Electric Mustang development: Mach speed
At every press briefing from interior/exterior design, center stack, battery, motor, etc there was one thread that bound the project together: that Ford considered this an urgent project in both time and significance. It is basically Ford’s do-or-die project and nowhere is that more obvious than their choice to use their most iconic brand: Mustang. If this fails, so does Mustang.
Not only was the Mach E project make-or-break, it had to be done quickly and, quite coincidentally I’m sure, timed with Tesla’s release of the Model Y. When Hackett stepped in, the car that would eventually become the Mustang was still a “compliance car” (Ford’s words) with short wheelbase, 15-inch wheels and probably resembled a Ford Focus Electric v2 – with the accompanying anemic range. Hackett’s team redesigned the whole car from the ground up. In Ford’s words, this would have to be a monumental car to carry the pony logo.
With reduced meetings, approval times and general bureaucracy, the teams got the transition done in two years, something that would have taken twice as long at the “old Ford”. Tesla of course is often –– I’d argue rightfully –– criticized for rushing things out the door without the same level of testing that legacy automakers go through. Time will tell if Ford was able to eliminate mistakes that those additional years of QA would have caught, but brief rides in prototypes –– literally circling SpaceX/Tesla’s LA campus and on the Hawthorne airport taxiway where I first felt Ludicrous mode and experienced the Roadster 2.0 –– went very smoothly. Acceleration wasn’t ludicrous, particularly right off the line. But it was certainly close to the equivalent Model 3/Ys I’ve ridden in.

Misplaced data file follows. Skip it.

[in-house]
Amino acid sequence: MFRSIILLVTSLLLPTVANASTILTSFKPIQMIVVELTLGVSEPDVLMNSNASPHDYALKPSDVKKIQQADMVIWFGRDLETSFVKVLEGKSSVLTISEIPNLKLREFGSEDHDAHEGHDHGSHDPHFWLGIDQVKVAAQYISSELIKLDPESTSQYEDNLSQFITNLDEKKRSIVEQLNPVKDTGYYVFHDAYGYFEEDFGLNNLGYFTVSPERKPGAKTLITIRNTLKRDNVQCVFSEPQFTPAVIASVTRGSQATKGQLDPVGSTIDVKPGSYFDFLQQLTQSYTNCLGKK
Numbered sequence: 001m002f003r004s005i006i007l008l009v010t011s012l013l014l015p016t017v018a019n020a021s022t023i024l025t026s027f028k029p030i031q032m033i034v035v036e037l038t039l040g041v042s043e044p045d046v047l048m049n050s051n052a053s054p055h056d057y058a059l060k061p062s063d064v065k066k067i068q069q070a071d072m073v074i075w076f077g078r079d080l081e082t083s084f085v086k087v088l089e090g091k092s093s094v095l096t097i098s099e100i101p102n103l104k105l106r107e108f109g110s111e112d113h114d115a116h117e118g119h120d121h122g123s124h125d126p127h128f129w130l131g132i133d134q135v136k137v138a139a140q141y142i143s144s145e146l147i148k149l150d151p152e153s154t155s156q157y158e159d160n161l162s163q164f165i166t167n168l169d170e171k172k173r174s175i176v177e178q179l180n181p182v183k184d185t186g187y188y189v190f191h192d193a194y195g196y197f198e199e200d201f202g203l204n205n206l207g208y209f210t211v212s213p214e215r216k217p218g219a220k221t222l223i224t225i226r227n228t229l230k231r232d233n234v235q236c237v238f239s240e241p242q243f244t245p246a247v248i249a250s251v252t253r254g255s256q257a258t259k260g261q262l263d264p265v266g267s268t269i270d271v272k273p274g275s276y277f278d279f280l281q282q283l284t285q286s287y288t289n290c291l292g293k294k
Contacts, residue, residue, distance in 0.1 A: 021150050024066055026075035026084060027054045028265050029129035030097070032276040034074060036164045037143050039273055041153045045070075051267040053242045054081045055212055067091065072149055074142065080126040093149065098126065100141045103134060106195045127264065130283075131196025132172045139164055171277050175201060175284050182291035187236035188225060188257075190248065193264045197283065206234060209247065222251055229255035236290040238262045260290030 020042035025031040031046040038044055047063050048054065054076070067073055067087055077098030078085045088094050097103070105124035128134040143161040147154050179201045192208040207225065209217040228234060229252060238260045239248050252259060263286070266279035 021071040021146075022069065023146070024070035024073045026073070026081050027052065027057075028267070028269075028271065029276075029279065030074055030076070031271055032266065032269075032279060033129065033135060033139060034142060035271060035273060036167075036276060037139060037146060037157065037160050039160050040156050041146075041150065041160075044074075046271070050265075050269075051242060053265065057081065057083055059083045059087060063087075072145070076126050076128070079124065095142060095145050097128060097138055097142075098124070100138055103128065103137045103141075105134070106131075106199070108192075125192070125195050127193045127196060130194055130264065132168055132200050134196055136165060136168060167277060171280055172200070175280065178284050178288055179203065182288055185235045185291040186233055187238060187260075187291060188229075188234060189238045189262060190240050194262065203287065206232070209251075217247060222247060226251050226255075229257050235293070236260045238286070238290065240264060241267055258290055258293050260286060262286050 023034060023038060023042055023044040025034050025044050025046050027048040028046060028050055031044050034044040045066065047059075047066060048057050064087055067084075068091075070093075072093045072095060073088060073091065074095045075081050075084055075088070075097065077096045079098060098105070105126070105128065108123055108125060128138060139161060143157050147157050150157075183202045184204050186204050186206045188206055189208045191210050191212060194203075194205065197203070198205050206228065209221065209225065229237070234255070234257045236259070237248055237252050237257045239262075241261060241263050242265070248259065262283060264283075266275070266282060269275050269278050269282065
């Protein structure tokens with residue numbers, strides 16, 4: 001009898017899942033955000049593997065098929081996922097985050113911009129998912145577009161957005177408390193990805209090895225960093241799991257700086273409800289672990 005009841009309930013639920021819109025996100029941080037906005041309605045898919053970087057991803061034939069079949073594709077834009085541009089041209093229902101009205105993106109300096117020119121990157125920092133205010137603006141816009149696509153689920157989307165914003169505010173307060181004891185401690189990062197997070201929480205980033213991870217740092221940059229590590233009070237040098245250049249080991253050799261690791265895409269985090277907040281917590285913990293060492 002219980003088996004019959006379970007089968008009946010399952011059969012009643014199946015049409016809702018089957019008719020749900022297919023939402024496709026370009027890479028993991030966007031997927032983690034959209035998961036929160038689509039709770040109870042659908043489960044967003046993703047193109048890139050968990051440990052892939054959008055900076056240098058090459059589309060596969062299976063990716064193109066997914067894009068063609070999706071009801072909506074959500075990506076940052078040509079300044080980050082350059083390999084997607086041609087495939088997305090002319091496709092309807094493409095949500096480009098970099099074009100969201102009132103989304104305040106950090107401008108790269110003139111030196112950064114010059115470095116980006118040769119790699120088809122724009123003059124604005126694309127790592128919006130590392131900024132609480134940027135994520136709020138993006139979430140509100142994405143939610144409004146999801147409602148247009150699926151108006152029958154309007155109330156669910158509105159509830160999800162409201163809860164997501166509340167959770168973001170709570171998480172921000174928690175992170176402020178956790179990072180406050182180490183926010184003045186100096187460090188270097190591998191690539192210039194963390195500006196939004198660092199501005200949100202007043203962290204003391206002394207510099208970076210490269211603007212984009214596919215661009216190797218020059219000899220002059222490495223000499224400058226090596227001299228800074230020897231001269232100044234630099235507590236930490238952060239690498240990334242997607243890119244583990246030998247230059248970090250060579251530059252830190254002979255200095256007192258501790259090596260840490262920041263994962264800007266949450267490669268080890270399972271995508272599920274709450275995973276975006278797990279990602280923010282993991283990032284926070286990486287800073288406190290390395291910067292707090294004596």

Mach E Interior: I made this
If Ford doesn’t want us to draw direct lines to Tesla, they sure didn’t show it. Nowhere was that more pronounced than the Mach E interior. Getting inside, it felt like a Model 3 interior in a weird and strange way: minimalistic heating and cooling ducts that ran the length of the dashboard; big tablet screen in the middle; even the center console between the seats felt …similar.
Surprisingly, I really think the differentiations from Tesla which Ford incorporated were almost all positive experiences. The gear shifter is a dialer instead of Tesla’s stalk. And Ford has a nice driver side display for speedometer and other important driver needs, as opposed to the Model 3’s single center display.
Obviously you are sitting a significantly higher than the Model 3 (more like the X or Y) and that makes getting into the vehicle a whole lot nicer, especially for my 46-year-old knees and back. The seats are more cushioned and luxurious compared to Tesla’s, which I would call sporty/minimalist. Ford is going 100% vegan on the interior, including the steering wheel, which Tesla has also committed to on Model 3/Y starting next year.